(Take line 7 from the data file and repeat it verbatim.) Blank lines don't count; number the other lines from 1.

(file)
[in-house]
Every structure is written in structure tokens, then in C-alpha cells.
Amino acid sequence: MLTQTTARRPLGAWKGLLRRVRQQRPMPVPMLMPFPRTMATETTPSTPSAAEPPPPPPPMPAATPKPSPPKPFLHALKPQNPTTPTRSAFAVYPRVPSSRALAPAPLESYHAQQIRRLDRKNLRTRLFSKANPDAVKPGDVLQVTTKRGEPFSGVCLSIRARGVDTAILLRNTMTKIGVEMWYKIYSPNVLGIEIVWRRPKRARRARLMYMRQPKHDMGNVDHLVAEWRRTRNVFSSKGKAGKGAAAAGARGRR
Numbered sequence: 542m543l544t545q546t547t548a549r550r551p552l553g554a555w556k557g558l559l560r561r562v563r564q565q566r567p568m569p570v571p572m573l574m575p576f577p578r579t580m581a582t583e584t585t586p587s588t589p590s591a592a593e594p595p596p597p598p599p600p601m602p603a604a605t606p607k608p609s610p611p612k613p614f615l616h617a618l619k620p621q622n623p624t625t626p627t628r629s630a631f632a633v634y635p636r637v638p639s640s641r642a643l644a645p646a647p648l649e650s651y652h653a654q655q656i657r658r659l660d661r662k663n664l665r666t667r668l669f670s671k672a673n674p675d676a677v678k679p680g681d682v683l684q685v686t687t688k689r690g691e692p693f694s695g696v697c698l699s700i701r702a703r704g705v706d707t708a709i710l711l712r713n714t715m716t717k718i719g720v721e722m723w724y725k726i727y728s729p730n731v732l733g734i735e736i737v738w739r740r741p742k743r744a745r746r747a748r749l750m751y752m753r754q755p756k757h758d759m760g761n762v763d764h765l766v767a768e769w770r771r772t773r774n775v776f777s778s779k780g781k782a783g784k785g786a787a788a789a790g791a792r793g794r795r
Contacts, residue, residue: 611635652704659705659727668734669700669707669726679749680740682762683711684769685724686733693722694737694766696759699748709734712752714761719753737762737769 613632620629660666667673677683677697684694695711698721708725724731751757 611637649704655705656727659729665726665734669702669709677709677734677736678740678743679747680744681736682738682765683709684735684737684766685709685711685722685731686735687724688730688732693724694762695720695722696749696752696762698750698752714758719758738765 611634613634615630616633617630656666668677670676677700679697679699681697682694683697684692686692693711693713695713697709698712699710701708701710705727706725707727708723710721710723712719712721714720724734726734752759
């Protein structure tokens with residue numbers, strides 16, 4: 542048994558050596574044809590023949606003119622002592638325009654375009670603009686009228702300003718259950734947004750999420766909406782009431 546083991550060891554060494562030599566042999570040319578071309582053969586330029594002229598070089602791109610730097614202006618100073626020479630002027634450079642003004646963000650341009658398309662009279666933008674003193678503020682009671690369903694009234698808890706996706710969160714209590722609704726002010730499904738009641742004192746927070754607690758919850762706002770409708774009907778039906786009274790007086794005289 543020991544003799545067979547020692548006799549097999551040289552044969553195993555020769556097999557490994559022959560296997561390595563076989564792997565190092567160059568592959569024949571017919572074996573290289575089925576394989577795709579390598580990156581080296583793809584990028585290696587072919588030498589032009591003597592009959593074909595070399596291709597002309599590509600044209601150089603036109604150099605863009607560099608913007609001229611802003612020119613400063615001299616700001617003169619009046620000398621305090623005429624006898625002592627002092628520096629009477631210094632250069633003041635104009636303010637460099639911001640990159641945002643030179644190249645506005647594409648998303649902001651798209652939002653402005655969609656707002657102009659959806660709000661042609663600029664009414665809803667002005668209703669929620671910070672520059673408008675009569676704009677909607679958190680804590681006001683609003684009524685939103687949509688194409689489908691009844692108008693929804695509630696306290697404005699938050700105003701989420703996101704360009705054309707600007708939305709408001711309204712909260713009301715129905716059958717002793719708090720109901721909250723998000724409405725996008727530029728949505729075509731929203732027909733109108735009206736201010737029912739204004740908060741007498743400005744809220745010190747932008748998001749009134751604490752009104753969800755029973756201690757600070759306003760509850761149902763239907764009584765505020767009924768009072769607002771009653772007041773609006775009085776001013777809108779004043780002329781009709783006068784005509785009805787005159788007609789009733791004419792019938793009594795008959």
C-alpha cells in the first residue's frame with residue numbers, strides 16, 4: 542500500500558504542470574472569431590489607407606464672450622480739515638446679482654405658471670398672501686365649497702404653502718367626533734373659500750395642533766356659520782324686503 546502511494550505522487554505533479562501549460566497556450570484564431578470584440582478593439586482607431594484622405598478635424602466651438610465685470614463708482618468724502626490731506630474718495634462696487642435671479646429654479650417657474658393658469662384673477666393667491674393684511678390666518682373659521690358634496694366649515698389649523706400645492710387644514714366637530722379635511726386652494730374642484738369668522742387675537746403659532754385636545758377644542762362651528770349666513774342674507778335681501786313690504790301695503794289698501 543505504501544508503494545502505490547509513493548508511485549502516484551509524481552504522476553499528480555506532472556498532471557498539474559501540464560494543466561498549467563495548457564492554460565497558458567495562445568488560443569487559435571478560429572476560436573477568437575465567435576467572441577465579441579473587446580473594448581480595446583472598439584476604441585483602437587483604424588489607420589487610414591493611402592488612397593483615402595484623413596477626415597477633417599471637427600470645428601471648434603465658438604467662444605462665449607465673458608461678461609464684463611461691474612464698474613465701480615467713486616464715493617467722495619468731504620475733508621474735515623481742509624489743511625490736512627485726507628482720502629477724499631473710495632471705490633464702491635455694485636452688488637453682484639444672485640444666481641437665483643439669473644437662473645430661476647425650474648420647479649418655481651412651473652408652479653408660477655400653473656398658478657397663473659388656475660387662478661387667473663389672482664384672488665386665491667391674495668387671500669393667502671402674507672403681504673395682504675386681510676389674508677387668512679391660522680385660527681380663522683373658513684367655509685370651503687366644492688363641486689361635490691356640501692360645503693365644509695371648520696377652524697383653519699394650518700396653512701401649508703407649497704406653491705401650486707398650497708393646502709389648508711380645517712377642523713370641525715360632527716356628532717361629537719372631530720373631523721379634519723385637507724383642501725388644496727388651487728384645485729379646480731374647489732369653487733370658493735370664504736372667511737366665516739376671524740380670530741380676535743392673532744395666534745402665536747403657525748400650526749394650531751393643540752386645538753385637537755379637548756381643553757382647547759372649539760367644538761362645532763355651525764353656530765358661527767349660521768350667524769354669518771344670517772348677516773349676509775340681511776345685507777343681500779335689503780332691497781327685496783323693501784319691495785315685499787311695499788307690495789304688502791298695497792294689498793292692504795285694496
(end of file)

C-alpha cells in the first residue's frame with residue numbers, strides 16, 4: 542500500500558504542470574472569431590489607407606464672450622480739515638446679482654405658471670398672501686365649497702404653502718367626533734373659500750395642533766356659520782324686503 546502511494550505522487554505533479562501549460566497556450570484564431578470584440582478593439586482607431594484622405598478635424602466651438610465685470614463708482618468724502626490731506630474718495634462696487642435671479646429654479650417657474658393658469662384673477666393667491674393684511678390666518682373659521690358634496694366649515698389649523706400645492710387644514714366637530722379635511726386652494730374642484738369668522742387675537746403659532754385636545758377644542762362651528770349666513774342674507778335681501786313690504790301695503794289698501 543505504501544508503494545502505490547509513493548508511485549502516484551509524481552504522476553499528480555506532472556498532471557498539474559501540464560494543466561498549467563495548457564492554460565497558458567495562445568488560443569487559435571478560429572476560436573477568437575465567435576467572441577465579441579473587446580473594448581480595446583472598439584476604441585483602437587483604424588489607420589487610414591493611402592488612397593483615402595484623413596477626415597477633417599471637427600470645428601471648434603465658438604467662444605462665449607465673458608461678461609464684463611461691474612464698474613465701480615467713486616464715493617467722495619468731504620475733508621474735515623481742509624489743511625490736512627485726507628482720502629477724499631473710495632471705490633464702491635455694485636452688488637453682484639444672485640444666481641437665483643439669473644437662473645430661476647425650474648420647479649418655481651412651473652408652479653408660477655400653473656398658478657397663473659388656475660387662478661387667473663389672482664384672488665386665491667391674495668387671500669393667502671402674507672403681504673395682504675386681510676389674508677387668512679391660522680385660527681380663522683373658513684367655509685370651503687366644492688363641486689361635490691356640501692360645503693365644509695371648520696377652524697383653519699394650518700396653512701401649508703407649497704406653491705401650486707398650497708393646502709389648508711380645517712377642523713370641525715360632527716356628532717361629537719372631530720373631523721379634519723385637507724383642501725388644496727388651487728384645485729379646480731374647489732369653487733370658493735370664504736372667511737366665516739376671524740380670530741380676535743392673532744395666534745402665536747403657525748400650526749394650531751393643540752386645538753385637537755379637548756381643553757382647547759372649539760367644538761362645532763355651525764353656530765358661527767349660521768350667524769354669518771344670517772348677516773349676509775340681511776345685507777343681500779335689503780332691497781327685496783323693501784319691495785315685499787311695499788307690495789304688502791298695497792294689498793292692504795285694496